US, 2019, 111 minutes, Colour.
Samuel L.Jackson, Jessie T.Usher, Richard Rountree, Regina Hall, Alexandra Shipp, Matt Lauria, Titus Welliver, Method Man, Isaach De Bankole, Avan Jogia, Luna Lauren Velez.
Directed by Tim Story.
Once upon a time, almost 50 years ago, a slick-talking investigator called John Shaft made quite an impact on the American semi-going public, especially the African-Americans?. It was part of the introduction to a number of black heroes of the period, crime dramas, investigations and tough tactics, action films that are looked back on with appreciation after 40 or more years. Richard Rountree was John Shaft – and made another film, Shaft in Africa.
At the beginning of the new millennium, Hollywood thought it was a good time to have another Shaft film. From the screenplay of the 2000 Shaft, it seemed that Richard Rountree was the uncle of the new hero, the new John Shaft, and who better than Samuel L.Jackson? More of the same in glossy style, plenty of action, and directed by John Singleton who had made a number of significant films about African-Americans? in the 1990s.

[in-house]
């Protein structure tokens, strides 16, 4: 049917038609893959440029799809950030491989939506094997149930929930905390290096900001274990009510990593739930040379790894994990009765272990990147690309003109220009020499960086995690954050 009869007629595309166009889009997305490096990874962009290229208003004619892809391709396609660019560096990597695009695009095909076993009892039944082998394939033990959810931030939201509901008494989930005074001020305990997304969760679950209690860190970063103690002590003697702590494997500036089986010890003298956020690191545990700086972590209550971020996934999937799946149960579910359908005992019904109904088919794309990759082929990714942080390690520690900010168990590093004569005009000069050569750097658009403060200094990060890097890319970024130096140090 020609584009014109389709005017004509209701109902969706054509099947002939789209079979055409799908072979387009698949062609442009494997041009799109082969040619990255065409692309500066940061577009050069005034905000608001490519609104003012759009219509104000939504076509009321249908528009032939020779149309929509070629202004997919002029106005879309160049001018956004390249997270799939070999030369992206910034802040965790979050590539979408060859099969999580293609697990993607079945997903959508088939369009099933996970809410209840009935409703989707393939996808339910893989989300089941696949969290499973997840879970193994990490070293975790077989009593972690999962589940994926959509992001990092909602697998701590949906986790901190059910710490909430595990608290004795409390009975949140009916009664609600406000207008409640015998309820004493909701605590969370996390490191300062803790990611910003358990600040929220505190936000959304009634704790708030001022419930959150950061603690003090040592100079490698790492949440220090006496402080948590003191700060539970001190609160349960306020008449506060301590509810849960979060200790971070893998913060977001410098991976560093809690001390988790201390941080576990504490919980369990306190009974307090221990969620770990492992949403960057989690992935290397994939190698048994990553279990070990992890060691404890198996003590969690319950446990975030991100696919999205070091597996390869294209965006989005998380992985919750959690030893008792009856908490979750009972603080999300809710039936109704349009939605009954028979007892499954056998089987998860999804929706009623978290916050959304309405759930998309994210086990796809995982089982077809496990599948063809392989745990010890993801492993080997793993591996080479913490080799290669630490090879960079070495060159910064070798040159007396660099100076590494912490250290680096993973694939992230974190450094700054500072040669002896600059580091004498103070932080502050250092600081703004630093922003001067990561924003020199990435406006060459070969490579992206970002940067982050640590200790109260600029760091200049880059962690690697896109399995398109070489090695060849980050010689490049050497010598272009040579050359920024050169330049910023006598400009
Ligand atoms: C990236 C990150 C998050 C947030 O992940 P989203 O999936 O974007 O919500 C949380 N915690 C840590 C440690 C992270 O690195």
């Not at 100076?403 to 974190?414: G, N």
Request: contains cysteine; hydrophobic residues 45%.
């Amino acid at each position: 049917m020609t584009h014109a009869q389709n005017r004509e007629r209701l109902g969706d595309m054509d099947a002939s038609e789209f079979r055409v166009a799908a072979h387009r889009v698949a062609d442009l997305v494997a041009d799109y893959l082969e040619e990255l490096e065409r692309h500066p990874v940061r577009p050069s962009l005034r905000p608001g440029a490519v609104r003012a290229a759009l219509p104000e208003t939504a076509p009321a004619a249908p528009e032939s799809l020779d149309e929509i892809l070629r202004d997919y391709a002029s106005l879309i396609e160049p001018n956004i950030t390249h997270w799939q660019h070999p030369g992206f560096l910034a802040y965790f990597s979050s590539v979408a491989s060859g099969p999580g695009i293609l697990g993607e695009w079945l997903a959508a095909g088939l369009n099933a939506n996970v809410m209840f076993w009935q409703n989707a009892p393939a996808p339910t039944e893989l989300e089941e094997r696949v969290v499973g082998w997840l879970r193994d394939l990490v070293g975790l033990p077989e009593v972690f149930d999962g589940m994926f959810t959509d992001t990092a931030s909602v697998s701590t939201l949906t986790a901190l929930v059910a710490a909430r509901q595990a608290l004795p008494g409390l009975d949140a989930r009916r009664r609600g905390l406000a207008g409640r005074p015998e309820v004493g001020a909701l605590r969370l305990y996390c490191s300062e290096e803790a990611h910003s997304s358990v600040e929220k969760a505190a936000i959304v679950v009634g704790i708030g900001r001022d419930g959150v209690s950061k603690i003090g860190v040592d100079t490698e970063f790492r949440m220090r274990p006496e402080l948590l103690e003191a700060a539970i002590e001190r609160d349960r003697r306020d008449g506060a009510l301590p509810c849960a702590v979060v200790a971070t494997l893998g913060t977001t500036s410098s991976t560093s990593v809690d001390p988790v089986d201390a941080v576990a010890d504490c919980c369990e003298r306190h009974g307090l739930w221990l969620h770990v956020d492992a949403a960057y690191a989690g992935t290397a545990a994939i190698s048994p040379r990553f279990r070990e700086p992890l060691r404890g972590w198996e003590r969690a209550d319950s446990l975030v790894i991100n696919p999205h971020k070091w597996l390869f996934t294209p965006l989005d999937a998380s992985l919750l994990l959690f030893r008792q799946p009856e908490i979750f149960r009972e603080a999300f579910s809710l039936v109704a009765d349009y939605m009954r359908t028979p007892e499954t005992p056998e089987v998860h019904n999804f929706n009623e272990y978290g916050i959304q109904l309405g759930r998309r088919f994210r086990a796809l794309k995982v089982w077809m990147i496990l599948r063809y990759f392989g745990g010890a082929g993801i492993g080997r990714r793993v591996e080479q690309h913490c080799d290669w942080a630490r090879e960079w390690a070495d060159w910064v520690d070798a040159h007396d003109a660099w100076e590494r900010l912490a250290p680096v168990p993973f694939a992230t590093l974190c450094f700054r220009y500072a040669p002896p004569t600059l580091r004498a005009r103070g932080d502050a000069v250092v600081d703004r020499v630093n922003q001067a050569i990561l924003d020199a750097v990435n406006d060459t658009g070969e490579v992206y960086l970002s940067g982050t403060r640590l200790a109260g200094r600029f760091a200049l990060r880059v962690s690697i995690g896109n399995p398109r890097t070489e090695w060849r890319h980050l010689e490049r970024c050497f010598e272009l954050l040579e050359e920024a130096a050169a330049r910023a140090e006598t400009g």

In the screenplay for the 2019 Shaft, it seems that Richard Rountree is actually Samuel L Jackson’s father. And, here is a next generation, John Shaft Jr. So, there is a bit of explaining to do. Back we go into the 1990s, Shaft senior and his wife (Regina Hall) coming under heavy fire from a gang of drug dealers. And their baby son is in the back seat. It seems too much for his wife, so Shaft goes on his way, leaving his wife to bring up their son (and, in a collage of gifts, sending inappropriate presents for the boy’s birthday).
Which leads us to the present day, John Shaft Jr (Jessie T.Usher) who could not be more unlike his father if he tried (it would seem that his mother did her best that her son be not like his father). And we certainly see the differences between the 1970s, the 1990s and the present. John Jr is a walking millennial – his education, his cultured manner, his style of clothes, music, language, disdain of guns, working for the FBI but at a desk, data being the object of his investigations. What will happen when the two meet?
On the one hand, there is the expected crime investigation, a follow-up from that initial car shootout from the 1990s, warnings about Islamaphobia and suspicious money dealings at a mosque in New York, huge drug deals with vehicles repatriated from Afghanistan and bringing in loads of heroin, friendships and betrayals, thugs in the street, drug bosses, money-laundering, hits issued on both father and son. This happens when Jr’s best friend is killed and he begins an investigation while being put down by the FBI boss (TVs Hieronymus Bosch himself, Titus Welliver). So far, what was expected.